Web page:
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3 FAQs about feeding a pregnant or lactating queen

1. What should I feed my pregnant cat?

Pregnant and nursing cats need extra protein and energy to help their bodies cope with the physical stress. A simple adult formula cat food won't provide the extra nutrients required. It is recommended you switch your pregnant cat to a kitten formula and continue this until the kittens are weaned. The additional calories, calcium and high levels of other key nutrients are a good way of fulfilling your pregnant cat’s requirements

Some diets available for your pregnant, nursing queen:

 

Royal Canin Mother and Babycat

Royal Canin Mother and Babycat dry food

  • prebiotics boost digestive health
  • antioxidants for a healthy immune system
  • added vitamins and nutrients
  • easy-wean formula
  • DHA stimulates brain development
  • complete mix for mother and kitten.

 

 Hills Science Plan Kitten Healthy Development

Hill's Science Plan Kitten Healthy Development products are formulated to support immunity and digestive health, with clinically proven antioxidants and optimal levels of DHA from fish oil. Click one of these products for more information.

  • Clinically proven antioxidants for a healthy immune system
  • Sustains healthy vital organs with balanced sodium and phosphorus levels.
  • Made with high quality ingredients for gentle, healthy digestion and great taste 100% guaranteed.

 

 Purina Pro Plan Kitten Optistart

PURINA PRO PLAN Kitten with OPTISTART is for the healthy development of kittens from 6 weeks to 1 year. Combines all essential nutrients – including vitamin C & D, DHA and colostrum – in a high protein diet for kittens nursing and pregnant queens.

  • Proven to help support intestinal health
  • Helps support healthy vision and brain development with essential nutrients like DHA.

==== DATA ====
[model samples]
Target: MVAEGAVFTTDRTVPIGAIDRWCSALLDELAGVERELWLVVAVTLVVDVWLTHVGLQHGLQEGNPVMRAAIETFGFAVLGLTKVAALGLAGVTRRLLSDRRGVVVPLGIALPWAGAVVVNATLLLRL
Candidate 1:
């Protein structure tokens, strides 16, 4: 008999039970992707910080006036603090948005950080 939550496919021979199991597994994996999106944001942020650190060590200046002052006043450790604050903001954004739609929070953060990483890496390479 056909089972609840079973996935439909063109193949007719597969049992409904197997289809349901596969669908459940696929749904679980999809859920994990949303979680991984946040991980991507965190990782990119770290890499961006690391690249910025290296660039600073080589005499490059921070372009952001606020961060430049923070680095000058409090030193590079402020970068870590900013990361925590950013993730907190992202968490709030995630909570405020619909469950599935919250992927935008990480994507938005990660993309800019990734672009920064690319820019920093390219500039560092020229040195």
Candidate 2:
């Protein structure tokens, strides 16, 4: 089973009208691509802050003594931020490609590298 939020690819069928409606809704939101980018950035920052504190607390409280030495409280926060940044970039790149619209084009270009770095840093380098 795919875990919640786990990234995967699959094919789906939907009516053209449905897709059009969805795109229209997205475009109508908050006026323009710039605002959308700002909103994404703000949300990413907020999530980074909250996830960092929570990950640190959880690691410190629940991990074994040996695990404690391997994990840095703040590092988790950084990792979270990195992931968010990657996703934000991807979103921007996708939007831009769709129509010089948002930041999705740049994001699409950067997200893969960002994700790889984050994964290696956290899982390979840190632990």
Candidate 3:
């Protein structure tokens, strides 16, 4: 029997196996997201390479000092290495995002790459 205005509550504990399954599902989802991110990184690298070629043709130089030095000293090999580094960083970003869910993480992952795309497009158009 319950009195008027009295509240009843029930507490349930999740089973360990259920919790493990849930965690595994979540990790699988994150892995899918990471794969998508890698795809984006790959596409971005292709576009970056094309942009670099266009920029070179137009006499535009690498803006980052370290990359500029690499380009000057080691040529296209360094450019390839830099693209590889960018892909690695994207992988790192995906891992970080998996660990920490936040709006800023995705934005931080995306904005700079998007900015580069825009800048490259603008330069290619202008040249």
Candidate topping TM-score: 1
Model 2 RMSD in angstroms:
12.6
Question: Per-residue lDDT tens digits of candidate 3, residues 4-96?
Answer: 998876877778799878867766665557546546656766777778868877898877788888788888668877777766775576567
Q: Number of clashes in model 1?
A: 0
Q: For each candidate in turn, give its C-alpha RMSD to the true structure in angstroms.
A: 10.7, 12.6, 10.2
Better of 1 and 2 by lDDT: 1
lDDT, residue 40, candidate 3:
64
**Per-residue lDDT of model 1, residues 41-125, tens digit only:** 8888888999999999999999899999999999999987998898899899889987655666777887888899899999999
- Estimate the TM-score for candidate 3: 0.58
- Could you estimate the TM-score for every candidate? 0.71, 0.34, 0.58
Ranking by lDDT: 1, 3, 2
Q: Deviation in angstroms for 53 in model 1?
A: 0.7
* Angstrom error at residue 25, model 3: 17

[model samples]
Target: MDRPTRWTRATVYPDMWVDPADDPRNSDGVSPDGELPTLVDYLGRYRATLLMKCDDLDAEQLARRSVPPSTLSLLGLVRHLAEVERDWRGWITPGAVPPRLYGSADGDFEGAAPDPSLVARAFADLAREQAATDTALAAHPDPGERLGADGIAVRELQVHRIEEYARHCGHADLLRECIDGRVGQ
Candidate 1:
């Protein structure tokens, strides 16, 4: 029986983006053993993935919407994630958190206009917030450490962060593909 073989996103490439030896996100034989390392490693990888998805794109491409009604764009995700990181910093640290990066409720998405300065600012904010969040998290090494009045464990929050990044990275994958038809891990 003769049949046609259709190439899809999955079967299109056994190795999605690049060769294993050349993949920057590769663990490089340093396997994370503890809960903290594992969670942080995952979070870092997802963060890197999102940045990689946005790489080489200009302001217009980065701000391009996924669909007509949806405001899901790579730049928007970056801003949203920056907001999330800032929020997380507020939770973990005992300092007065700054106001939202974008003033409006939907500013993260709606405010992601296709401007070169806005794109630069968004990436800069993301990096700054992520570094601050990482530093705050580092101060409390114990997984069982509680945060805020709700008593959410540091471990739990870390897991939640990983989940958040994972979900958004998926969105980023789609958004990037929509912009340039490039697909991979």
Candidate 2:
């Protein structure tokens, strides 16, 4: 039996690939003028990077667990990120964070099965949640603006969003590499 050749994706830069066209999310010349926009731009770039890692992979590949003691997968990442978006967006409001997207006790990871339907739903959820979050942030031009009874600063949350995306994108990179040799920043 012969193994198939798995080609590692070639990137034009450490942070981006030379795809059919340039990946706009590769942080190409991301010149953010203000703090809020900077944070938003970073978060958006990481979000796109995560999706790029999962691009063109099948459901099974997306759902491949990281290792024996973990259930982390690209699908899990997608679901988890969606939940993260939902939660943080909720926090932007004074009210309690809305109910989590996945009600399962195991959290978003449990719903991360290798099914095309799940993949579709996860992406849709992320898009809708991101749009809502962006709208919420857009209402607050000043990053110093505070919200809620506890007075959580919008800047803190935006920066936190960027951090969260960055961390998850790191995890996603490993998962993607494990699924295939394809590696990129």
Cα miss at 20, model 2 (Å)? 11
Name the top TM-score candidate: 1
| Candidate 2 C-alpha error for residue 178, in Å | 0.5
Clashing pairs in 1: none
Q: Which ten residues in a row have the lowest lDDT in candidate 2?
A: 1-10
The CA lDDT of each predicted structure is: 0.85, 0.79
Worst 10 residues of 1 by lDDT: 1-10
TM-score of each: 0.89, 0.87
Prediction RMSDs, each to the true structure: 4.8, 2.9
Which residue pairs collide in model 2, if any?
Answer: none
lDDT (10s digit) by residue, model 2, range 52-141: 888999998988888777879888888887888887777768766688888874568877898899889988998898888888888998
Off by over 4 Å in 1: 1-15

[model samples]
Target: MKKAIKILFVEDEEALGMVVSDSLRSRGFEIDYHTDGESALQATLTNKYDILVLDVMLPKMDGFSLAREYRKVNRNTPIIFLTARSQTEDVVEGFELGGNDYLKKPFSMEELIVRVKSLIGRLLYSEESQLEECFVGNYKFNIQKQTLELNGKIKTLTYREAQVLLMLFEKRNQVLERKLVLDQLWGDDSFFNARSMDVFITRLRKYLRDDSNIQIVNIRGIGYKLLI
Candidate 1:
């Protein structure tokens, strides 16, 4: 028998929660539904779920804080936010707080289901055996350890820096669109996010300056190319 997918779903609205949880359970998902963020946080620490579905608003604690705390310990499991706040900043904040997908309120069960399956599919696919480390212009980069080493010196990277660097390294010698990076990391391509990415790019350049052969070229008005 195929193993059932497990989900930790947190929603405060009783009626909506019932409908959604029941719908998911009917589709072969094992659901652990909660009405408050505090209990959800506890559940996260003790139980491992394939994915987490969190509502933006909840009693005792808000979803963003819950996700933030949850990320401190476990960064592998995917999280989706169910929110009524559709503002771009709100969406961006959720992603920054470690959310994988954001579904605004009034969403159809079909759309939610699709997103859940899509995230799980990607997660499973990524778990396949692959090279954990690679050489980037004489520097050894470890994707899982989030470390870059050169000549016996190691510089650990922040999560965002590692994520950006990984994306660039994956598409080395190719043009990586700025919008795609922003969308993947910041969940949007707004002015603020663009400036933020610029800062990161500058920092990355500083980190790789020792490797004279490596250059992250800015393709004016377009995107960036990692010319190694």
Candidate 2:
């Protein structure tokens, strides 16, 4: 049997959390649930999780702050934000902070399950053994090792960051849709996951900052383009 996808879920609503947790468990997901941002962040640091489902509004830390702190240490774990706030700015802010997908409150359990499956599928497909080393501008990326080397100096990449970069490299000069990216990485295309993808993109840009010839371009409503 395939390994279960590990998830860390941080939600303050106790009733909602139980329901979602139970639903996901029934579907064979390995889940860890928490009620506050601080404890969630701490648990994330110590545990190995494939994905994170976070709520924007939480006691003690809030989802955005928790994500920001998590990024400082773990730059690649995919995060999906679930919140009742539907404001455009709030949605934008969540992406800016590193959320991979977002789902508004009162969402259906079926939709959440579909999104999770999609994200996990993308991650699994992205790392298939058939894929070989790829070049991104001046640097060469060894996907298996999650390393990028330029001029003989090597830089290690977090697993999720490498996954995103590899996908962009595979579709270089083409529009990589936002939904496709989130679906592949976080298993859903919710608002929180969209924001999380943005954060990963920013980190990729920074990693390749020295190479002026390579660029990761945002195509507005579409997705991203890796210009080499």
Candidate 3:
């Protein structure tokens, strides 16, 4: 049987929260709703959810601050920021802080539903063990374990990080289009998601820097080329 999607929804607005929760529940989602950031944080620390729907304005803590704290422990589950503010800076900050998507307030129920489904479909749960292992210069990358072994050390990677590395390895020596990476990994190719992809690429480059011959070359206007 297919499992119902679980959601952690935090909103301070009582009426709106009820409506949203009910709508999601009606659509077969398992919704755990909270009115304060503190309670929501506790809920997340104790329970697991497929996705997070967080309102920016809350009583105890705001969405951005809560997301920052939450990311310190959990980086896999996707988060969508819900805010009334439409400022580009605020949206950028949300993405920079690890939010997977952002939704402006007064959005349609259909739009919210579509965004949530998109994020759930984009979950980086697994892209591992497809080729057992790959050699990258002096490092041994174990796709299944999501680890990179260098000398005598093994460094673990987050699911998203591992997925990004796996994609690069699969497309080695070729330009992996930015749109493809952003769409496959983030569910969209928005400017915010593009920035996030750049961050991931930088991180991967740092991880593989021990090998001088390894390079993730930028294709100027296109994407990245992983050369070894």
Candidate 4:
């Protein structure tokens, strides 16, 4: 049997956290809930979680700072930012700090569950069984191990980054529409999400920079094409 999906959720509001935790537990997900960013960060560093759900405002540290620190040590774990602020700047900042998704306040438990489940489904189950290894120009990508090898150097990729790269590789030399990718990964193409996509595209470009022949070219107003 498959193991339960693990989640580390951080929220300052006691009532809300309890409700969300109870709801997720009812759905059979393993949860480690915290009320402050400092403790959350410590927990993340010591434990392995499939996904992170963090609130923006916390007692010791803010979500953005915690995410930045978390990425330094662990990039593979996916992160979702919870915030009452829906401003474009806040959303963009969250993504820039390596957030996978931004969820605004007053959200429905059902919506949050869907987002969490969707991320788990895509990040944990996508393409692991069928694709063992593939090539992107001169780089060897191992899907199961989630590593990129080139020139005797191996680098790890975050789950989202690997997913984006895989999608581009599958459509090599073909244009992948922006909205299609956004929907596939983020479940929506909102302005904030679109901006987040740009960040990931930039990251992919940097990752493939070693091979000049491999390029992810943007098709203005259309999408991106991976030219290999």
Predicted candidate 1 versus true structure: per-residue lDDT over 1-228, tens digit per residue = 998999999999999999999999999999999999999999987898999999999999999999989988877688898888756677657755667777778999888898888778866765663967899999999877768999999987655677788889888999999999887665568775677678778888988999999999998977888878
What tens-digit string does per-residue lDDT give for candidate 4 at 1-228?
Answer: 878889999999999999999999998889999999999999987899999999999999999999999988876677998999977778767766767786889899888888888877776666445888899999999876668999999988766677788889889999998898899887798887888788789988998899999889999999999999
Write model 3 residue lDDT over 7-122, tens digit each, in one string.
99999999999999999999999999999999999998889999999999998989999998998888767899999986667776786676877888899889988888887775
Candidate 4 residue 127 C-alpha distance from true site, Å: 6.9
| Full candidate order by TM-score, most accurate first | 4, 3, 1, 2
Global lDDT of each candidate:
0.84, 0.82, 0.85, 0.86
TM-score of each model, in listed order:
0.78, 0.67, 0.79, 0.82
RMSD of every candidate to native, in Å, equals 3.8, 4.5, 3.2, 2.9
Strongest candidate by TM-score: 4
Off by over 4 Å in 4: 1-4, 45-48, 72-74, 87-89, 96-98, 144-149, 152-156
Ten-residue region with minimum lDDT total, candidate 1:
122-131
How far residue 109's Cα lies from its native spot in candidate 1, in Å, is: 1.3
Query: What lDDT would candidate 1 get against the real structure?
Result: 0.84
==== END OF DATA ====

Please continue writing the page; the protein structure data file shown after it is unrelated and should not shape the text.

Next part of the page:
• Maximises the immune system due to colostrum, enabling a stronger, faster immune response.
  • Supports healthy growth of bones and muscles with balanced minerals for bones and high protein levels for muscle development.

 

2. How much should I feed?

Your cat’s food consumption may vary during pregnancy. Generally it will increase from one and a half to double her normal intake. Throughout gestation, she may show a slow, steady increase in body weight and a gradual increase in cat food intake, particularly during the last three weeks. Hormonal and behavioural changes that occur during reproduction may cause periods of under eating, overeating, or not eating at all. If there is a sustained period of under eating, or if the female's body condition begins to deteriorate, consult a vet. Usually, the mother's appetite will slowly increase 24 hours after delivery.

3. What should I feed my cat during lactation?

Producing milk is an exceptionally demanding task. Food intake typically doubles, but can even quadruple. You should feed your cat several times during the day or allow free access to food as well as ensuring that fresh water is always available. Dry food should be moistened to increase food and water intake, and to encourage kittens to start nibbling solid food.

Read more about cat pregnancy and birth